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Rice University Band Mocks Baylor Sexual Assault Scandal

Rice University's marching band used its halftime performance in a Friday night football game against Baylor University to mock Baylor's recent sexual assault scandal.

Rice University' Marching Owl Band forms into "IX," a reference to Title IX rules governing sexual discrimination at colleges, while performing a halftime show mocking Baylor University for its recent sexual assault scandal during a football game on Sept. 16, 2016.

Editor's note: This story has been updated with a statement from Rice University regarding the halftime performance.

Rice University's marching band used its halftime performance in a Friday night football game against Baylor University to mock Baylor's recent sexual assault scandal.

Video uploaded to social media after the event shows Rice's Marching Owl Band forming the Roman numeral IX, a reference to the Title IX ban on sexual discrimination, followed by a star and a rendition of the song "Hit the Road Jack," in reference to the departure of university president and chancellor Ken Starr in the wake of the scandal.

A representative from Baylor was not immediately available on Saturday morning for comment on the halftime performance.

Rice University's Office of Public Affairs released a statement on Saturday saying the Marching Owl Band has a tradition of satirizing Rice's football opponents with performances that are not subject to prior review by the university administration. But the statement said Rice regretted any offense to the Baylor fans at the stadium in Houston and that the band did not mean to make light of the serious ongoing issues of sexual assault.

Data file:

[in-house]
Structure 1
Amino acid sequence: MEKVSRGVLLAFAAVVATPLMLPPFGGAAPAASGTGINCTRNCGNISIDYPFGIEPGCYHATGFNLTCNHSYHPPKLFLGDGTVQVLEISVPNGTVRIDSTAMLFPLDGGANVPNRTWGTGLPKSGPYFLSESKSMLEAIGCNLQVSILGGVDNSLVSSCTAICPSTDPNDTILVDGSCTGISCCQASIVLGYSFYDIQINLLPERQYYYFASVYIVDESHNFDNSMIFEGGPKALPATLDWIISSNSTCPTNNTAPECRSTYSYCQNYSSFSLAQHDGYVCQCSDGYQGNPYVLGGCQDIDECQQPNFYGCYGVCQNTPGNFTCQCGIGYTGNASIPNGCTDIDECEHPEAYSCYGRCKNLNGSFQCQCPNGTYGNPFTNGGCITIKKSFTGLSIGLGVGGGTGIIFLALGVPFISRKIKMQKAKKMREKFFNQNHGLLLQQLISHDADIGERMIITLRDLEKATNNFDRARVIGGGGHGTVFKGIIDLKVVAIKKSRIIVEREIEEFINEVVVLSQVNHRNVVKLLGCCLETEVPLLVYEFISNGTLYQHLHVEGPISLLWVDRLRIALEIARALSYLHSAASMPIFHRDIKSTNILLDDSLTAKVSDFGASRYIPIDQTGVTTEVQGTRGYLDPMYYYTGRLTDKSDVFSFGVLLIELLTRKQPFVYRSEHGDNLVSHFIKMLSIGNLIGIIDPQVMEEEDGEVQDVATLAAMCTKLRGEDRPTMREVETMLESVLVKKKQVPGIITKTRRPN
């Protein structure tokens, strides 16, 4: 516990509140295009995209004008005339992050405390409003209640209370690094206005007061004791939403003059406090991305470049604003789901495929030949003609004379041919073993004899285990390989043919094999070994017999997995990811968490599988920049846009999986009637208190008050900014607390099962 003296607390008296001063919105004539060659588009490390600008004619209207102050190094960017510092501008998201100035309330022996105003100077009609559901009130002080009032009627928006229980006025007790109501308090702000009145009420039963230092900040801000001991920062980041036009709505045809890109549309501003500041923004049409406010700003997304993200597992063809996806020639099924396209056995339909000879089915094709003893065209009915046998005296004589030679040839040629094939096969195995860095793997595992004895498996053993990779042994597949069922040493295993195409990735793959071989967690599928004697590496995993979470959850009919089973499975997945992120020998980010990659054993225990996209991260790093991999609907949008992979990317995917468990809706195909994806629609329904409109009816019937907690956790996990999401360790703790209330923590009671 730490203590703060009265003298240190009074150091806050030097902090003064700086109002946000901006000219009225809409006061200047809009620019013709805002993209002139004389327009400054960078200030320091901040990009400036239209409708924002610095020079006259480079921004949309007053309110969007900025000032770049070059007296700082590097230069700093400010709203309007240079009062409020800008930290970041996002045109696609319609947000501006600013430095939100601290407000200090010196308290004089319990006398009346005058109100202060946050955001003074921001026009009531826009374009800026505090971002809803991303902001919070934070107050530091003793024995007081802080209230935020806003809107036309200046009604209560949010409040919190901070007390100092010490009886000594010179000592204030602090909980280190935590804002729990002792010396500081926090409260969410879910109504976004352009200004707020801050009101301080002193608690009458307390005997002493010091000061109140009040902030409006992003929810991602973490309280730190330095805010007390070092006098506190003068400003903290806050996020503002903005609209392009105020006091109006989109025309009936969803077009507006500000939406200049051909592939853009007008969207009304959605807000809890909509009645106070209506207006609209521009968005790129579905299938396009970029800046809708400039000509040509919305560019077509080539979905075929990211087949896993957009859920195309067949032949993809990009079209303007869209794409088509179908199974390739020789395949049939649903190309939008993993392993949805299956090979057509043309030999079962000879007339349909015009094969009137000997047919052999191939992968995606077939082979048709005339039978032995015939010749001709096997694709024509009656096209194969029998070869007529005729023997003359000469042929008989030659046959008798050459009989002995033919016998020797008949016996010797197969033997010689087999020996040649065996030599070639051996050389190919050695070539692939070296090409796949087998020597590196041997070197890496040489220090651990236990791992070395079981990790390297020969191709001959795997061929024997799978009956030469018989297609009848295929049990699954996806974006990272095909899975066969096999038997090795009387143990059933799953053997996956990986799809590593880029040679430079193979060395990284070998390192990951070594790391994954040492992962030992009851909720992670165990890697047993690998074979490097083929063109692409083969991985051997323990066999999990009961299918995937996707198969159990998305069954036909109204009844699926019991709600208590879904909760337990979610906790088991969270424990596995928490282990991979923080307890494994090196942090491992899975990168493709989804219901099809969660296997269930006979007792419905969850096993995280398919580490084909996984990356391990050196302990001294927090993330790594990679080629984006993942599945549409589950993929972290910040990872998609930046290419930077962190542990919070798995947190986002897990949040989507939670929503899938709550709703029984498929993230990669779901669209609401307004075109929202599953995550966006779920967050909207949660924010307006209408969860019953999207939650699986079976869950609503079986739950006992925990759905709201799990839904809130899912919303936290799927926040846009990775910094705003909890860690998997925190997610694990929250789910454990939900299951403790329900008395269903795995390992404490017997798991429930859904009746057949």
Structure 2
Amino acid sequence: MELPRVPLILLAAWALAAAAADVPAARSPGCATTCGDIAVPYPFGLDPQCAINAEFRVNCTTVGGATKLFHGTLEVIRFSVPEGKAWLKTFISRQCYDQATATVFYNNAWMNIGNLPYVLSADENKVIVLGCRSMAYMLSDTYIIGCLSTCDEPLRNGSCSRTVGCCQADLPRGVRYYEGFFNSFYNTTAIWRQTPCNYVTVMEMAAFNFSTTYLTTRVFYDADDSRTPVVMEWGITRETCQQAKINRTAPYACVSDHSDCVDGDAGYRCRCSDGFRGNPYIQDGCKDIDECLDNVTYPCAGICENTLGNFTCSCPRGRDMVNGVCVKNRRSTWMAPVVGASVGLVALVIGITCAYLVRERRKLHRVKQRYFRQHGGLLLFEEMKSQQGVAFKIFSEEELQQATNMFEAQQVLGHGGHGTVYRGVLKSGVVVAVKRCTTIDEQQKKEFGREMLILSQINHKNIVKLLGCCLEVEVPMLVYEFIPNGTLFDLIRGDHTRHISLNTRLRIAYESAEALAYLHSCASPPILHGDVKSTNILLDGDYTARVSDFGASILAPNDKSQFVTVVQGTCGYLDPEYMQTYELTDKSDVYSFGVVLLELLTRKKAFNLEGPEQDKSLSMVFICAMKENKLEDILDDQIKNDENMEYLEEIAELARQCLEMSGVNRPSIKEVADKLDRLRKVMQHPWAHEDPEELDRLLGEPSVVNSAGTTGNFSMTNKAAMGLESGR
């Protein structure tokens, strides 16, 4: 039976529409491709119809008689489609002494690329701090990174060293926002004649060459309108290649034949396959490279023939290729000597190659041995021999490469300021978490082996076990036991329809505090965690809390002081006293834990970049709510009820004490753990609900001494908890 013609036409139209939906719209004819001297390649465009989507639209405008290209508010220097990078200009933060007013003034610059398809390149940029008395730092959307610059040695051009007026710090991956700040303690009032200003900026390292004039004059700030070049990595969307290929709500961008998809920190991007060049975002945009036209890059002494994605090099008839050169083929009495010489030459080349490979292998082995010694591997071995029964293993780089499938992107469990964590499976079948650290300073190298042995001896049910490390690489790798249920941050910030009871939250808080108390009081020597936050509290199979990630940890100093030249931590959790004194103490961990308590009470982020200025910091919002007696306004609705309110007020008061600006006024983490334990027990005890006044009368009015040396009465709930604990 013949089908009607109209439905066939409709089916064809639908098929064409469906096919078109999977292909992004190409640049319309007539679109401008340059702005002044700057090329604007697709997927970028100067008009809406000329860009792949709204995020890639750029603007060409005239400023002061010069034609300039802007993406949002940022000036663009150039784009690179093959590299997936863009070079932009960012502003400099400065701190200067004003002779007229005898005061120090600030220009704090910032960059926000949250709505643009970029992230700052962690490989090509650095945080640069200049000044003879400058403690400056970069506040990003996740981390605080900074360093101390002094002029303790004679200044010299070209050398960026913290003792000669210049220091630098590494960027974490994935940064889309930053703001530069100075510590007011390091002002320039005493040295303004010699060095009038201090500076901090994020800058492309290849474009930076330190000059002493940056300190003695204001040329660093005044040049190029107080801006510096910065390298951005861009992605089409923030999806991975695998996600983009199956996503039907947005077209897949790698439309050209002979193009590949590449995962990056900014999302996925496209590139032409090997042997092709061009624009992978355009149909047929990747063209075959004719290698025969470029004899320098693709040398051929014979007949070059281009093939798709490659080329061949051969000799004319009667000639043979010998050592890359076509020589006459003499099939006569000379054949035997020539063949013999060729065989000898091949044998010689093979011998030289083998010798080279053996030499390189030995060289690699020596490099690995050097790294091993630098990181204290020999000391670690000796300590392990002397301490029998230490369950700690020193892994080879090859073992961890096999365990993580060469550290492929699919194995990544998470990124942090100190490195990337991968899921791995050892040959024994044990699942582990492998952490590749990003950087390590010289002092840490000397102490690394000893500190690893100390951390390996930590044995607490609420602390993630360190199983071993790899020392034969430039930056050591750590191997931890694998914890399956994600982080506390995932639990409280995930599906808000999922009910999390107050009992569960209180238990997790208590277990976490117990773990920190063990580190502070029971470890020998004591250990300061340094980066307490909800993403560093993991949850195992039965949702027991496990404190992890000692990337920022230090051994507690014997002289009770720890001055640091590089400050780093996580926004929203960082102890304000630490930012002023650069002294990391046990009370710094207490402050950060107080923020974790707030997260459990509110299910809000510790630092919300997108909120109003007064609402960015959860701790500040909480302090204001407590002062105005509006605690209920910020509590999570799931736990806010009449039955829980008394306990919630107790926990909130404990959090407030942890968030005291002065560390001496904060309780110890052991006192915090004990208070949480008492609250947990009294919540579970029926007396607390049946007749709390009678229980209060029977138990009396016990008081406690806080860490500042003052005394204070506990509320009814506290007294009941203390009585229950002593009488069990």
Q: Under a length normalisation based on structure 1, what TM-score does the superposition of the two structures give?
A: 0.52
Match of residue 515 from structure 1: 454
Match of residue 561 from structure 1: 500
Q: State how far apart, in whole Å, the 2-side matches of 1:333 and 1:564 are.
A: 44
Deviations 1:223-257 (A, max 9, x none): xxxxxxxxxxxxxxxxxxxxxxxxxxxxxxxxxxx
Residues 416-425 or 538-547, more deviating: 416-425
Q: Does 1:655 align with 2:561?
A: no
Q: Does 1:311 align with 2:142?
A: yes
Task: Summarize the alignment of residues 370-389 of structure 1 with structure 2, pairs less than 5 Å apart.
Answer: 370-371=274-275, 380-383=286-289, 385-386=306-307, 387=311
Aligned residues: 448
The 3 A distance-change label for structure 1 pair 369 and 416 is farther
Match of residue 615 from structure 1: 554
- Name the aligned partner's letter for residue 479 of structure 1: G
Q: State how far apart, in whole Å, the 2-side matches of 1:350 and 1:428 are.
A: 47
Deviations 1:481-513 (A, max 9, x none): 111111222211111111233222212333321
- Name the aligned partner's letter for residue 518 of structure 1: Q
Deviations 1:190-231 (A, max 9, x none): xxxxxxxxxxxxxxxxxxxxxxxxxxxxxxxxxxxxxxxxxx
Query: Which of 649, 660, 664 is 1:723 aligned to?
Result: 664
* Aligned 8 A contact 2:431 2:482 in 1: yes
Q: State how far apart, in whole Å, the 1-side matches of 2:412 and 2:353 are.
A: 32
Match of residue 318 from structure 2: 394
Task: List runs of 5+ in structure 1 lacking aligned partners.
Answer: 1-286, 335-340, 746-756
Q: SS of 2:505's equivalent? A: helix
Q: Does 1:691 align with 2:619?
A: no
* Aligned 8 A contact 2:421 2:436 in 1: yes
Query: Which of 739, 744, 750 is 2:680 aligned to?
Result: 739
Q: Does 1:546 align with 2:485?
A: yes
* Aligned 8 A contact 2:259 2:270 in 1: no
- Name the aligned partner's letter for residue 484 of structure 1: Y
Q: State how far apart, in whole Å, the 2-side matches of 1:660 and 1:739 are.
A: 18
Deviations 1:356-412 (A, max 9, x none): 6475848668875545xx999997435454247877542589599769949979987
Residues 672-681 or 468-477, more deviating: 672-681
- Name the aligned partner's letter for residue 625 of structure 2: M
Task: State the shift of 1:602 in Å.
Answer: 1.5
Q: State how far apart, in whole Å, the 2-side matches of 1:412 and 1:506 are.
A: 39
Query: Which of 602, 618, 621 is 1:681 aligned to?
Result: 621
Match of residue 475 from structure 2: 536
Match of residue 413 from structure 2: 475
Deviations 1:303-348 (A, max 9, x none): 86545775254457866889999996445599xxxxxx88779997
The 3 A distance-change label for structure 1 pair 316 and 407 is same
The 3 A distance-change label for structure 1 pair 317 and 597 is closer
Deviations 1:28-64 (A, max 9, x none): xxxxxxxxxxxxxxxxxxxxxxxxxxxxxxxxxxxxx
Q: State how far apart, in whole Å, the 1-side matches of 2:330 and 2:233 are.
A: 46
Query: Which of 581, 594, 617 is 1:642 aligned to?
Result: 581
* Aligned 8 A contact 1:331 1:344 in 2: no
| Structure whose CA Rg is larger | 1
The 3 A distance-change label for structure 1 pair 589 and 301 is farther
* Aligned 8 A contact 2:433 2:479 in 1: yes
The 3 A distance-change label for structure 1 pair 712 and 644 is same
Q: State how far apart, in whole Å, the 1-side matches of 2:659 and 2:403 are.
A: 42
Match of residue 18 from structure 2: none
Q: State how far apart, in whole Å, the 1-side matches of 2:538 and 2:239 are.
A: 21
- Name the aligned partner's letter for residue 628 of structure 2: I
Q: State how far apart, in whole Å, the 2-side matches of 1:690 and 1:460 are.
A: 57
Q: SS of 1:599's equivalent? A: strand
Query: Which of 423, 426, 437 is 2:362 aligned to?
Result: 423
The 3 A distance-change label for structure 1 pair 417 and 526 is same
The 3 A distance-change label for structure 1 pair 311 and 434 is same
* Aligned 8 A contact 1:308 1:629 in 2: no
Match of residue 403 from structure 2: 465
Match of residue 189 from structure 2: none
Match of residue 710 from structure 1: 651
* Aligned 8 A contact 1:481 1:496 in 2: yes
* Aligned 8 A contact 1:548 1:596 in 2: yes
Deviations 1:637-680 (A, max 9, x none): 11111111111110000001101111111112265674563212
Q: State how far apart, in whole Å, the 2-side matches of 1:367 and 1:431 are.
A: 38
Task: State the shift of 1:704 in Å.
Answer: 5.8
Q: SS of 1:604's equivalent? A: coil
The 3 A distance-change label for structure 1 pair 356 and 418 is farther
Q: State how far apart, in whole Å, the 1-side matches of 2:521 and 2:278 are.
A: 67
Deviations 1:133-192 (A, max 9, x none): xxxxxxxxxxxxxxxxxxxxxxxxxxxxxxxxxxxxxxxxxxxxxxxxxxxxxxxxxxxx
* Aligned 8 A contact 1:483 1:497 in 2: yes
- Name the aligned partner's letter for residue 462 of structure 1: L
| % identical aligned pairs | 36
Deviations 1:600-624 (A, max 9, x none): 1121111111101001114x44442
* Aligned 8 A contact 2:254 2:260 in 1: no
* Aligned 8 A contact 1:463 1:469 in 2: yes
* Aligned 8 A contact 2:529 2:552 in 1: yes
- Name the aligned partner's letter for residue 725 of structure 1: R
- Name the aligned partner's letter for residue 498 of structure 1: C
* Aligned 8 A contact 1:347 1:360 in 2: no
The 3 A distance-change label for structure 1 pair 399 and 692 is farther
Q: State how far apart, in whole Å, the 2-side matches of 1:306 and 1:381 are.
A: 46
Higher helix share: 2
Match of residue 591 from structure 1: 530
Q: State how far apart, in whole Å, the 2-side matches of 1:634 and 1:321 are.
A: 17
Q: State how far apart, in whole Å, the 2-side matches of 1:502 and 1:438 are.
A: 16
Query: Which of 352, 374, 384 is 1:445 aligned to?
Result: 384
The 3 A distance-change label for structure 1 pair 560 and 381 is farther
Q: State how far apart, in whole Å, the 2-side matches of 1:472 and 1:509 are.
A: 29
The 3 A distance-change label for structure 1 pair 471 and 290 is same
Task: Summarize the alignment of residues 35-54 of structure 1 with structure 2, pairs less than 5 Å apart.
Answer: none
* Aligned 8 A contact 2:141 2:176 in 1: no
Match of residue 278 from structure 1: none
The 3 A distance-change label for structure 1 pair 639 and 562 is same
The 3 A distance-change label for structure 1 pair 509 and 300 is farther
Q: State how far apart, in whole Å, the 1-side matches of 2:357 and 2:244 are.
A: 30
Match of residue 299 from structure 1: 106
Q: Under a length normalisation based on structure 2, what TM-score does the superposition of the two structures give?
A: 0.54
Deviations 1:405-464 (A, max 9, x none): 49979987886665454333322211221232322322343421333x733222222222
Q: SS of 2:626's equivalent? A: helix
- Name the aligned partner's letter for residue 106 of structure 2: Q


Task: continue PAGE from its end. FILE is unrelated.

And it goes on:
"Sexual assault is a matter of serious concern on campuses across the nation, and all of us have an obligation to address the matter with all the tools at our disposal," the statement said. "The MOB sought to highlight the events at Baylor by satirizing the actions or inactions of the Baylor administration, but it is apparent from the comments of many spectators and Baylor fans that the MOB's effort may have went too far."

The scandal, involving multiple reports of football players being accused of rape with little or no action by the university, has rocked Baylor over the past several months.

A report commissioned by the university found that Baylor lacked proper procedures to address sexual assault complaints, arguing that university officials had "failed to consistently support complainants through the provision of interim measures, and that in some cases, the University failed to take action to identify and eliminate a potential hostile environment, prevent its recurrence, or address its effects for individual complainants or the broader campus community."

Pepper Hamilton, the law firm that conducted the investigation, also reported there were concerns among Baylor's football program as it failed to identify a sexual violence pattern within football players. The report also suggests the program's tone and culture should be accountable for athlete misconduct. 

Starr was first reassigned from school president to law professor and chancellor in May amid the sexual assault scandals and the report filed by the Pepper Hamilton law firm. In June, he stepped down from the chancellor role, and in August he announced he was leaving the faculty, officially ending his tenure at Baylor. 

Disclosure: Rice University has been a financial supporter of The Texas Tribune. A complete list of Tribune donors and sponsors can be viewed here.

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